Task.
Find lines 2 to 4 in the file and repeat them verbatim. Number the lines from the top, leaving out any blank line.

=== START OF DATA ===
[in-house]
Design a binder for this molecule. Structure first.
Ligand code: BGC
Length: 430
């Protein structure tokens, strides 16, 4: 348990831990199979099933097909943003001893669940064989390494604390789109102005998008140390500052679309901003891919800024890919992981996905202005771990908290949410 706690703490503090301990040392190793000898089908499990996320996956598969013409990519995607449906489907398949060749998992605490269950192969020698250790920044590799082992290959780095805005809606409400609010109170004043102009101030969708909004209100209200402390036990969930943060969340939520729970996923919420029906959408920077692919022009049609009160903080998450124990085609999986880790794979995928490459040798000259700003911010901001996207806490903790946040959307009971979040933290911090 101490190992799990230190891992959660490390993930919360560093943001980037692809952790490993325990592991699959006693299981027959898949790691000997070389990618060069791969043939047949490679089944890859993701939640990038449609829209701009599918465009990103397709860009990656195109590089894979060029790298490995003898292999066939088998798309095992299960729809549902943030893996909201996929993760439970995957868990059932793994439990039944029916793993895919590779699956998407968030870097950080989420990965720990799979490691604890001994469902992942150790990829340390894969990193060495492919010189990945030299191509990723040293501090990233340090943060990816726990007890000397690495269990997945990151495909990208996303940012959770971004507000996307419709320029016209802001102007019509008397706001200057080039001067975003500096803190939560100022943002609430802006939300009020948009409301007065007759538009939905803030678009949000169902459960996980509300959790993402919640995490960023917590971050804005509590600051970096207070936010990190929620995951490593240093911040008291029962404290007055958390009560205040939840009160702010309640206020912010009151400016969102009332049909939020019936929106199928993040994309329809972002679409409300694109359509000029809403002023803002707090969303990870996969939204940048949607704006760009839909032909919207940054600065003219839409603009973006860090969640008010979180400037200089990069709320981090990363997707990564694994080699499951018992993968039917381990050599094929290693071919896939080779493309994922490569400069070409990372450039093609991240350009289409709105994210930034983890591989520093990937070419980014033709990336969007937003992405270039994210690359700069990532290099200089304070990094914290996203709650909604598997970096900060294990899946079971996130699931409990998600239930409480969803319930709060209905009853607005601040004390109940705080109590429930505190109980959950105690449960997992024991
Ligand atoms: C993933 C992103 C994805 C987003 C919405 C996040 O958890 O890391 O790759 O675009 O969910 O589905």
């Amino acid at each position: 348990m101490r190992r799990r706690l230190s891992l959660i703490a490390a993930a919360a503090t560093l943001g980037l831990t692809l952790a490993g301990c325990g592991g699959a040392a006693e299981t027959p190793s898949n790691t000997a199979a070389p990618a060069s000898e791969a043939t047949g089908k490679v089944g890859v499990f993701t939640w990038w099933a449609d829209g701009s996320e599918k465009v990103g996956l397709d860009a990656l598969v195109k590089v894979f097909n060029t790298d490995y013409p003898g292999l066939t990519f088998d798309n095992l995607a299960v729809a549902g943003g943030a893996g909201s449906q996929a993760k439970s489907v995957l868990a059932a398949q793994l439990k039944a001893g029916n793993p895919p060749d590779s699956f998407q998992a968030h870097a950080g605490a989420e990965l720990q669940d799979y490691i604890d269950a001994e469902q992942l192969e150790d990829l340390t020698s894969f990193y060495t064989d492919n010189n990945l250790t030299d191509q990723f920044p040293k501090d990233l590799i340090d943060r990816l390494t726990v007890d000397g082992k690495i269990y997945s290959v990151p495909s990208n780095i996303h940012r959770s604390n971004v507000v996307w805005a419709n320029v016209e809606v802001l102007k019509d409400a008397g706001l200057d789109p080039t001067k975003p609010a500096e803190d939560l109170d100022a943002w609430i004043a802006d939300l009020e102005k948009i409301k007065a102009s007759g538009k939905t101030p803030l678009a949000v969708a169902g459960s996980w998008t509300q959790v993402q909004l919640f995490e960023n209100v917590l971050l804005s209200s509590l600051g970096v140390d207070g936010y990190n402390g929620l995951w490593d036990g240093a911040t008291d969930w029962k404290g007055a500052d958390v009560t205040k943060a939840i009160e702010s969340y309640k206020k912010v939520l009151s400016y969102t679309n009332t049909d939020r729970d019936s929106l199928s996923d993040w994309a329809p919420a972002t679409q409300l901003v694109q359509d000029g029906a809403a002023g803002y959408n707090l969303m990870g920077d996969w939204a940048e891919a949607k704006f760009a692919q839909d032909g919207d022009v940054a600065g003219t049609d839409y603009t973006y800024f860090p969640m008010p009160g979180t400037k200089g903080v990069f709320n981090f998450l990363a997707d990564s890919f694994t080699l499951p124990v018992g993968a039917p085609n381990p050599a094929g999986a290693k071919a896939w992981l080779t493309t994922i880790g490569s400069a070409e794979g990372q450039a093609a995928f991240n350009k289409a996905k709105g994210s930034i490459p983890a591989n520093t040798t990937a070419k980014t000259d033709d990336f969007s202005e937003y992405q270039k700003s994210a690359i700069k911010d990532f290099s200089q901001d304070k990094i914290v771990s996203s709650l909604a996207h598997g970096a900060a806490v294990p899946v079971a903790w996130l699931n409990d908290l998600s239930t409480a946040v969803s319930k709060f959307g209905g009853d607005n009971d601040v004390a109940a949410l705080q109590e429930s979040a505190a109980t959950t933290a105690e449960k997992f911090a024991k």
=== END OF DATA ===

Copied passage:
Design a binder for this molecule. Structure first.
Ligand code: BGC
Length: 430